Urban Dialogue: Don’t Disappear

As I have practiced it, photography produces pleasure by simplicity. I see something special and show it to the camera. A picture is produced. The moment is held until someone sees it. Then it is theirs.” – Sam Abell

Don’t Disappear
encaustic mixed media
7×5 inches
collaboration with Angie McMonigal

Last post I mentioned that I was starting a collaboration with my neighbor, Angie, who is a photographer. We actually became friends because her daughter and my son are the same age and we would meet outside so they could play. Also both of us being creative types we have a lot in common- we talk about our work, issues that come up for us, and business matters. And as moms of two little kids, we talk about the best parks to go to, activities to sign our kids up for, etc.

I know a lot of women artists who are moms but they tend to be older with much older children, usually grown up or in high school. I am so fortunate to have these women in my lives because they share their past experiences with me and in so doing, they have lifted me up, encouraged me, advised me, commiserated with me in the the wonders and trials of bringing together the artist and mother in a healthy, balanced way (or at least as balanced as it can ever be, which isn’t ever really, but we can always attempt!) I am so grateful for their presence in my life.

But when you’re in the midst of not sleeping at night, weird schedules, play-dates, figuring out schools, etc. there’s nothing like having someone with you in the trenches who will say without judgement, “Don’t worry about it, we’ll meet later” if you try to meet up and your 2 year old is throwing a fit or if you say, “I really am strapped for time right now” or simply “I am exhausted”. We both stay at home with our children and we get our work done in the evenings or naps. I do have a sitter that comes once a week, so that I can meet various deadlines. Otherwise, I’m not sure I could get anything done. And it probably goes without saying that we both have really supportive husbands who will watch the kids during one of the weekend days so that we can let off some creative steam.

Anyway………between swinging our littlest ones on the baby swings and making sure our oldest ones aren’t about to fall off the monkey bars, Angie and I started discussing working collaboratively. It’s actually funny thinking back on our conversations because so often our conversations would end mid-sentence as one of us would have to chase after someone who had wandered away or was about to do something they weren’t supposed to do. We have a lot of different ideas, but we’re starting small and slowly. But the important thing is that we’ve started!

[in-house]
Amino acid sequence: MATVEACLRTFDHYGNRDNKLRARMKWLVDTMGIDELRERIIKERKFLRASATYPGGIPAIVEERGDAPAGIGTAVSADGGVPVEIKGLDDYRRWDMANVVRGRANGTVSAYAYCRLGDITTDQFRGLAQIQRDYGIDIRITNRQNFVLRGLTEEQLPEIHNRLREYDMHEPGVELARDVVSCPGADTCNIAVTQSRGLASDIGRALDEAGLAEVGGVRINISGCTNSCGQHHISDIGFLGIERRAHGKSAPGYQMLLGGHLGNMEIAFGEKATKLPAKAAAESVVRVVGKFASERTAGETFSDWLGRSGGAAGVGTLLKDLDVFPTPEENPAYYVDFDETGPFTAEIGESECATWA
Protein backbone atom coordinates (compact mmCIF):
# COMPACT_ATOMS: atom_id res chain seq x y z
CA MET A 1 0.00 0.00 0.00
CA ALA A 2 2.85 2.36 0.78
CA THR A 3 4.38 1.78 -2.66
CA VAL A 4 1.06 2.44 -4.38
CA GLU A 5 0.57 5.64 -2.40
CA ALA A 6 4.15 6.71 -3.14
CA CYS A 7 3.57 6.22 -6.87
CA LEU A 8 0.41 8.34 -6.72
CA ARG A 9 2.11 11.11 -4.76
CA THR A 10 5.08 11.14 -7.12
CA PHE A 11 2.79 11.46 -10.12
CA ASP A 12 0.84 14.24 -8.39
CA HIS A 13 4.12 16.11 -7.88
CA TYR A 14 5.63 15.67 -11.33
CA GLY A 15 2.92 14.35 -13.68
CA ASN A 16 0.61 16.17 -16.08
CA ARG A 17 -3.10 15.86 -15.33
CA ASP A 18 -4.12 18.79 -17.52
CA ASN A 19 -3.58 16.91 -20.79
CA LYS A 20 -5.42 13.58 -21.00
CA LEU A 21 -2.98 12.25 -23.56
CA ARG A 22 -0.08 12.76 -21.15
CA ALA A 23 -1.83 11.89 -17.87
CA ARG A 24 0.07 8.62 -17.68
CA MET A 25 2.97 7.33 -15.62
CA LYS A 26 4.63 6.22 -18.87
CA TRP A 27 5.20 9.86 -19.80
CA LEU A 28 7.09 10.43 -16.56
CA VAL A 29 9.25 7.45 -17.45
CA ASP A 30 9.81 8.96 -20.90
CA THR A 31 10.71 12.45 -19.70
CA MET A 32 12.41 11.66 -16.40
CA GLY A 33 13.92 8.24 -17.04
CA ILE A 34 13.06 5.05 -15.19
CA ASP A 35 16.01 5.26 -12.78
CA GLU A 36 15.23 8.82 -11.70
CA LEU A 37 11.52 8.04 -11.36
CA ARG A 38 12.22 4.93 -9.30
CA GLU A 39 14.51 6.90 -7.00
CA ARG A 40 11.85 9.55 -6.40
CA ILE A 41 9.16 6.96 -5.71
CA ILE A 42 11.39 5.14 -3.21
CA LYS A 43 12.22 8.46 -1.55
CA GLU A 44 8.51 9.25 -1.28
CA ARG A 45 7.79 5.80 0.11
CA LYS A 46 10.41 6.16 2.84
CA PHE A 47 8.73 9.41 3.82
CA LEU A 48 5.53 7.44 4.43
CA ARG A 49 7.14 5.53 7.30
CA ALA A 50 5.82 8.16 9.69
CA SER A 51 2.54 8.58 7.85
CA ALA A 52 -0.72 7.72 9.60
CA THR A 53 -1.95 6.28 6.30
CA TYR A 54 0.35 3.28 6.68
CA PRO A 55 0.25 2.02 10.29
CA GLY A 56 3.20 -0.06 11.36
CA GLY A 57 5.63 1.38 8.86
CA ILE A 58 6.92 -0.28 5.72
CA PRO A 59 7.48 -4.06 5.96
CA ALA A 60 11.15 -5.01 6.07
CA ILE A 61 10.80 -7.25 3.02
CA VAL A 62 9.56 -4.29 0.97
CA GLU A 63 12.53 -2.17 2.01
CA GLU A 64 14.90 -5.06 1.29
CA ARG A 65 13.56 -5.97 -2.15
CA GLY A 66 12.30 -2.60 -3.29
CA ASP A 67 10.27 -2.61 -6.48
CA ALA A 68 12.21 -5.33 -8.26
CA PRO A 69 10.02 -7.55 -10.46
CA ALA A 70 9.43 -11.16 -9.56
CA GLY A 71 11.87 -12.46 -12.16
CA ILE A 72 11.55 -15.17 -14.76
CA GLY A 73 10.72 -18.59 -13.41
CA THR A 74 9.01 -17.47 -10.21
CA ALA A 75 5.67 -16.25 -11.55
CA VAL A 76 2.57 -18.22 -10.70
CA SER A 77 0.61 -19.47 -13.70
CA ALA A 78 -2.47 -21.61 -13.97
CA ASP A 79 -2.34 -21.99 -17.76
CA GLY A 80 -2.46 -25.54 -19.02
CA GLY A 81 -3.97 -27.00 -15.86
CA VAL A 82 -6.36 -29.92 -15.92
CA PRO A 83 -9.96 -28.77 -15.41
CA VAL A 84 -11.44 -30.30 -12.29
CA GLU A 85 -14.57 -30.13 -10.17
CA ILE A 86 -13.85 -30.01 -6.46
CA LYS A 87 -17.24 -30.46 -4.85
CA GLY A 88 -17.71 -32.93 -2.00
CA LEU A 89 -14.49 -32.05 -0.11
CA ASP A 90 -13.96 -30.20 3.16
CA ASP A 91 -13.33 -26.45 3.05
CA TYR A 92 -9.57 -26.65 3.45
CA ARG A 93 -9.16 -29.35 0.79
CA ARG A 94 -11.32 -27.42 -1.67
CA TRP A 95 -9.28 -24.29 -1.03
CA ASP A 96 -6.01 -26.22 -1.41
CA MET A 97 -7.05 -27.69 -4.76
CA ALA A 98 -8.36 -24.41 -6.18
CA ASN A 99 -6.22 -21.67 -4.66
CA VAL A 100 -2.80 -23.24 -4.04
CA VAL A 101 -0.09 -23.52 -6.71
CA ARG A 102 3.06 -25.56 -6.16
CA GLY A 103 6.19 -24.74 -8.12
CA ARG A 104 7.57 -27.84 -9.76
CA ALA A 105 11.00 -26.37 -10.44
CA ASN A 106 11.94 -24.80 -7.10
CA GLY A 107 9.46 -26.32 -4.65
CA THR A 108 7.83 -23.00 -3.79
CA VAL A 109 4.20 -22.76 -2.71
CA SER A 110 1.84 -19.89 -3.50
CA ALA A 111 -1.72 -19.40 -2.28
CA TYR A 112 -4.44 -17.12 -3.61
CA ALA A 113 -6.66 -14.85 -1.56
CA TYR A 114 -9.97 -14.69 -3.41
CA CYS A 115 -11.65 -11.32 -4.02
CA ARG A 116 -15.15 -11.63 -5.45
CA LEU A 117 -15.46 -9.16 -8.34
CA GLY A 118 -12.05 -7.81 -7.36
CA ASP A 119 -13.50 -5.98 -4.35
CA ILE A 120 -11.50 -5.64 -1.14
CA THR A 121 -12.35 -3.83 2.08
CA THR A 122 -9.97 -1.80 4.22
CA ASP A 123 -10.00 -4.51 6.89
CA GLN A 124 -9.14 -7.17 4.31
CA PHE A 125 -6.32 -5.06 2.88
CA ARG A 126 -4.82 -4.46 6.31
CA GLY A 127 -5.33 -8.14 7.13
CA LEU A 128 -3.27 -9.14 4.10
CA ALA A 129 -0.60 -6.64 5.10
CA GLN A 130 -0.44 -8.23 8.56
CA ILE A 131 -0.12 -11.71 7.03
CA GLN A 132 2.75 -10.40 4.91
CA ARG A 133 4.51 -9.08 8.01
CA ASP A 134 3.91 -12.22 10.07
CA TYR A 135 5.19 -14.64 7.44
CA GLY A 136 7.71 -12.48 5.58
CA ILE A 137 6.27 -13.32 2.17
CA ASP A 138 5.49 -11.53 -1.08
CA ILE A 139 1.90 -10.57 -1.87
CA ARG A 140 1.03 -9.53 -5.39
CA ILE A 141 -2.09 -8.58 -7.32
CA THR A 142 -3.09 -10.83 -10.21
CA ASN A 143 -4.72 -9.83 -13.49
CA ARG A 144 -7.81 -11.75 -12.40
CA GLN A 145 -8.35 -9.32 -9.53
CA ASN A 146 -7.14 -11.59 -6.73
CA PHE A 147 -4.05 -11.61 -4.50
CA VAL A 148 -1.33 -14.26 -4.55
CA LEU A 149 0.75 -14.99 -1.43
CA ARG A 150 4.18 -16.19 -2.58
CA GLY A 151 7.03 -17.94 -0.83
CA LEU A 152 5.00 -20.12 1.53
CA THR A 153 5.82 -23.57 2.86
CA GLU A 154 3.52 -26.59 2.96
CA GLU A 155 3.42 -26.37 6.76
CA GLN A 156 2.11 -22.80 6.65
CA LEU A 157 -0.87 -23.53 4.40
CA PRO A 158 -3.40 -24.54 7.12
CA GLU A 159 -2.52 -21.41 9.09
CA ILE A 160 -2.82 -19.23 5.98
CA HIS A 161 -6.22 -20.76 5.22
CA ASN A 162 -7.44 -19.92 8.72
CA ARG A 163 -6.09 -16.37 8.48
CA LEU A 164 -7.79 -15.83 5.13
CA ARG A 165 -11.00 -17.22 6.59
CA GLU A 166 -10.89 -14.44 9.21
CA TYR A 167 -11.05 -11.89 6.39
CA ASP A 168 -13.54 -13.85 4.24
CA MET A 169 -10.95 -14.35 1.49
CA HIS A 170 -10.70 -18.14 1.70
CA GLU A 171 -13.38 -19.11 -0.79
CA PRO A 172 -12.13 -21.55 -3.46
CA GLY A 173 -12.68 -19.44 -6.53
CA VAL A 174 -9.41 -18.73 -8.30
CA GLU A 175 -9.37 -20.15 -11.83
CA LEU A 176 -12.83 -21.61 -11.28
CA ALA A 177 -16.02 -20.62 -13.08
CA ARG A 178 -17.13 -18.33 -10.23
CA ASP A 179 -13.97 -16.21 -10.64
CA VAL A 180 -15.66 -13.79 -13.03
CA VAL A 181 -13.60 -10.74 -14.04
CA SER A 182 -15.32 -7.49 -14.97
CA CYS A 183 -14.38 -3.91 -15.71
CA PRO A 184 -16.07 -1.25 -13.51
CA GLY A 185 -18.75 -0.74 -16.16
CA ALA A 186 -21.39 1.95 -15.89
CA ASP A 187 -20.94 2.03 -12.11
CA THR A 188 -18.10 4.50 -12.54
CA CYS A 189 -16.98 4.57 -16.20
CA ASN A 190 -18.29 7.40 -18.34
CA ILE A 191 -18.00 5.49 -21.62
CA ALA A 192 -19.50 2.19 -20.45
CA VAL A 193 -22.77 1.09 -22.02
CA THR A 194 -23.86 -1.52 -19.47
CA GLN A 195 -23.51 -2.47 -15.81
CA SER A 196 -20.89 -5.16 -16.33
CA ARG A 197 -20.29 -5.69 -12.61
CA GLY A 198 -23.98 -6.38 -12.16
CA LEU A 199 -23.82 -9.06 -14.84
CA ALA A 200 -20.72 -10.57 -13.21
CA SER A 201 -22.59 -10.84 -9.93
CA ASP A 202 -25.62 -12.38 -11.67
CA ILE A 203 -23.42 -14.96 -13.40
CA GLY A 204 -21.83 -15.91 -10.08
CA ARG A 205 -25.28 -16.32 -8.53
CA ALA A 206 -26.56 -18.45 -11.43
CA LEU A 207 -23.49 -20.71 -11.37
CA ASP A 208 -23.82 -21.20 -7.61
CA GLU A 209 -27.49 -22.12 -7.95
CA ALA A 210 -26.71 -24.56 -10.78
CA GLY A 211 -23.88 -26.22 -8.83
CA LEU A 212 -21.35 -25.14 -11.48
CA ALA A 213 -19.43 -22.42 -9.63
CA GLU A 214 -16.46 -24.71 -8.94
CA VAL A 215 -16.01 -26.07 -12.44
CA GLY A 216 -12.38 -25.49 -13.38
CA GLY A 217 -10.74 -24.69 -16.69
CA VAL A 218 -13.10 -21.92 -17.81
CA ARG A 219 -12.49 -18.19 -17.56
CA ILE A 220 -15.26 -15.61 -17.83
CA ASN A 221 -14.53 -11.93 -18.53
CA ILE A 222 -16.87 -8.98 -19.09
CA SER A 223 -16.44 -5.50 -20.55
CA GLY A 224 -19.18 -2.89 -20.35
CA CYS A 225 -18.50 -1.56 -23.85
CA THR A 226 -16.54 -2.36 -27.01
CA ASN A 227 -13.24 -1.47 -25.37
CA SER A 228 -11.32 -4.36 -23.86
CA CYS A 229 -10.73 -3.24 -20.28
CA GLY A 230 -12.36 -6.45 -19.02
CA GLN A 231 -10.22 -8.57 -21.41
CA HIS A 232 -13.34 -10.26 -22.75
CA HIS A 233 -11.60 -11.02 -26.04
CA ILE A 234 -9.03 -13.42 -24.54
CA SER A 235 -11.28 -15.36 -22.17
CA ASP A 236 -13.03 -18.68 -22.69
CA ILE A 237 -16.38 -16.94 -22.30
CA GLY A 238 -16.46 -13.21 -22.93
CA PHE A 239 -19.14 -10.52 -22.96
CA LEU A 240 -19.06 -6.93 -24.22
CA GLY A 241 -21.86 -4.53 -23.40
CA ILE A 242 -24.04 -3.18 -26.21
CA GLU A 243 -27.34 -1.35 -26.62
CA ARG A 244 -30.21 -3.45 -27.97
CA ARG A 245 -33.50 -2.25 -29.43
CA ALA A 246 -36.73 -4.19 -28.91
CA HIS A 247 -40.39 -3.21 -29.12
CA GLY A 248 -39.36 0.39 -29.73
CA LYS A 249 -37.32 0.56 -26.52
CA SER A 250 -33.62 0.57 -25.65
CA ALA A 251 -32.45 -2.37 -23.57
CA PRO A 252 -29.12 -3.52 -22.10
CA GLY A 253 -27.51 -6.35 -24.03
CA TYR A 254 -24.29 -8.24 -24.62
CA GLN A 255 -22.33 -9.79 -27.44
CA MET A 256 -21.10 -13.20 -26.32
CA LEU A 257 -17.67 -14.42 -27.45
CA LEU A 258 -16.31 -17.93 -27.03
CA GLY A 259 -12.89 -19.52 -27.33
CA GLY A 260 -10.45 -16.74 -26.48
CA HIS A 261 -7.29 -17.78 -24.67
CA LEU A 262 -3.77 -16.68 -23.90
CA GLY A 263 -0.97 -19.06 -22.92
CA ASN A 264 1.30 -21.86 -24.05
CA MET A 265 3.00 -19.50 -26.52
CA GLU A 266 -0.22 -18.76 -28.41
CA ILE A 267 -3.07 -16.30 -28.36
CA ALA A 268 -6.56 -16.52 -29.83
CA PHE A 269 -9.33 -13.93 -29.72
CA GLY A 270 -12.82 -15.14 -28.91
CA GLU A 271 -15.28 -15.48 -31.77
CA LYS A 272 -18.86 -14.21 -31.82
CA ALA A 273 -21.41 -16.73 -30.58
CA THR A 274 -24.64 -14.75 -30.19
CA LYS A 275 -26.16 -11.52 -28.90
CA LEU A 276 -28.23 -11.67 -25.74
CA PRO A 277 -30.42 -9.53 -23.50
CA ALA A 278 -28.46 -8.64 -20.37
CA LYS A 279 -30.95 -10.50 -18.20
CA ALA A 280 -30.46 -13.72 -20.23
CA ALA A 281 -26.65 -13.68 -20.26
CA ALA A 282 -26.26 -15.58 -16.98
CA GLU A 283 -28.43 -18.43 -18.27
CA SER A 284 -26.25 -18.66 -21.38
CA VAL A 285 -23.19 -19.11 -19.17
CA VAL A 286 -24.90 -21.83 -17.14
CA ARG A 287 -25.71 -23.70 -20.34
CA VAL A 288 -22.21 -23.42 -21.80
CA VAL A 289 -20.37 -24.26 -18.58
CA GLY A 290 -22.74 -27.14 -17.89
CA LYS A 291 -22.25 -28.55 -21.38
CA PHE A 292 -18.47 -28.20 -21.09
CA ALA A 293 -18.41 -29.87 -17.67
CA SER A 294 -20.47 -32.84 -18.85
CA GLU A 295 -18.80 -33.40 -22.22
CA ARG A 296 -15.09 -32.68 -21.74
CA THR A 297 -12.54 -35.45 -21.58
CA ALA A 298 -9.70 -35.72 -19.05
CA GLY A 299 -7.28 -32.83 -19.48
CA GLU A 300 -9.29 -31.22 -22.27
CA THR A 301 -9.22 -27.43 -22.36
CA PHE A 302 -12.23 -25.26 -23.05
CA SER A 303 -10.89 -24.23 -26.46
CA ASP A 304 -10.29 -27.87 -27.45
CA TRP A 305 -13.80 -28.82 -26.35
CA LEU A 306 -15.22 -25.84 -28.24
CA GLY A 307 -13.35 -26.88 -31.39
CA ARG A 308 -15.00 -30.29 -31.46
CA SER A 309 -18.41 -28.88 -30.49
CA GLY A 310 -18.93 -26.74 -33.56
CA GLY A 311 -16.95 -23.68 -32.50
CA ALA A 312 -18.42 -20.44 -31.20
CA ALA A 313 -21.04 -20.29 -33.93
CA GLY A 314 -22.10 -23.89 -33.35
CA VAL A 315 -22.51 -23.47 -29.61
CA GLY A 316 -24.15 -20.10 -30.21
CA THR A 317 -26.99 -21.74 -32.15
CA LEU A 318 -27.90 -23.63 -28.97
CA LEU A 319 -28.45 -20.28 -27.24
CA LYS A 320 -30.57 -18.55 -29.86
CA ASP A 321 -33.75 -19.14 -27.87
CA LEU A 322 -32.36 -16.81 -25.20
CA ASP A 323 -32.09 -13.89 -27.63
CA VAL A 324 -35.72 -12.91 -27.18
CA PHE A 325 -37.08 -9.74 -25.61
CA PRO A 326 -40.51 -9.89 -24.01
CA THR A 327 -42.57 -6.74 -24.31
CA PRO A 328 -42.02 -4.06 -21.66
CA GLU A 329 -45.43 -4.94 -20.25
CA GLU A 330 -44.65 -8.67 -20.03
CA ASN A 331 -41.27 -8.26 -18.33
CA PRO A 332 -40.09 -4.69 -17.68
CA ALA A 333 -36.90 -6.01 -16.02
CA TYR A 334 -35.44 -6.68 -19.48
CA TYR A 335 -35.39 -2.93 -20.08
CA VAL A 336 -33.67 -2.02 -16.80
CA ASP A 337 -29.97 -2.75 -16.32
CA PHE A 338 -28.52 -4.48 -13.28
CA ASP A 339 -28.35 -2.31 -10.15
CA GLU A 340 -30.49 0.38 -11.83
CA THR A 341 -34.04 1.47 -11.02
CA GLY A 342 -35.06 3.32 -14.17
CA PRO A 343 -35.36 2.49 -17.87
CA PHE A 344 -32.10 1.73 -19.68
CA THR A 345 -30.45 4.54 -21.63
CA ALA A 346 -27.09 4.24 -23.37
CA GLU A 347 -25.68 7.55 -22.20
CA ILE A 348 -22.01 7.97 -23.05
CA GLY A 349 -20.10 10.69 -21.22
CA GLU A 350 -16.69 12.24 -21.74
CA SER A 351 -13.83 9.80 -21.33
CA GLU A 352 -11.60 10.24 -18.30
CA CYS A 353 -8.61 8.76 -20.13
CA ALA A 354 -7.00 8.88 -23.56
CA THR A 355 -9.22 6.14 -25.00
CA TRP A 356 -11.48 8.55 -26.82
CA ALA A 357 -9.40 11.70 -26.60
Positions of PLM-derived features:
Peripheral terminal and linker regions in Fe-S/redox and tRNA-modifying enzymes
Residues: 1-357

We’re still working on the title of the collaboration, but for now we’re calling it “Urban Dialogue”. Angie takes a lot of urban photos, which I love. Most of my work is so very nature based, so that it is definitely a change for me to work with.

I was looking through her images and this one of the stenciled message on a sidewalk amidst a pile of rocks, debris just stood out to me. I knew I had to use it. I asked Angie if she could share a little something about the photo:

I came across this ‘graffiti’ earlier this year while on a photowalk in the Fulton Market area. I had wandered away from the group unexpectedly and came across this area under the train tracks that had various graffiti messages. This particular message struck a chord with me and got me thinking. I liked the seemingly simple message spray painted through, what I’m assuming, were stencils. And I thought the rocky rubble framed the message quite well. How easily this could have been missed…

I have a few small panels in the works, hoping to get to them soon….


  1. This is fabulous B! hang on to it; the idea and purpose. I adore the collaboration that is coming into my work and life and believe more convictedly each day that this is how we are wired to work. I love it. xo in big heeps and bunches.

    1. Thanks Trish. I have always enjoyed collaborations. It forces one out of the isolation of the studio. While I love and need the alone time- working with others is always a good thing!

  2. I am very drawn to the muck of urban-ness, and appreciate how a simply walk through the city can turn into a treasure hunt. People leave markers of their lives, their existence. In suburbia, all this is deliberately washed away to look nice. Oh, how I prefer the hunt in all its grungy splendor.
    Your collaboration has captured well the feeling of that moment of found treasure. Beautiful!

    1. Thank you Amanda- you put it into such a poetic way. When Noah was only 2 we used to take photo walks around our neighborhood. And he picked up on what caught my eye and he would see something rusted or grungey, etc and exclaim “mama, picture of broken!!” I thought it was hilarious and so observant of a 2 year old! 🙂

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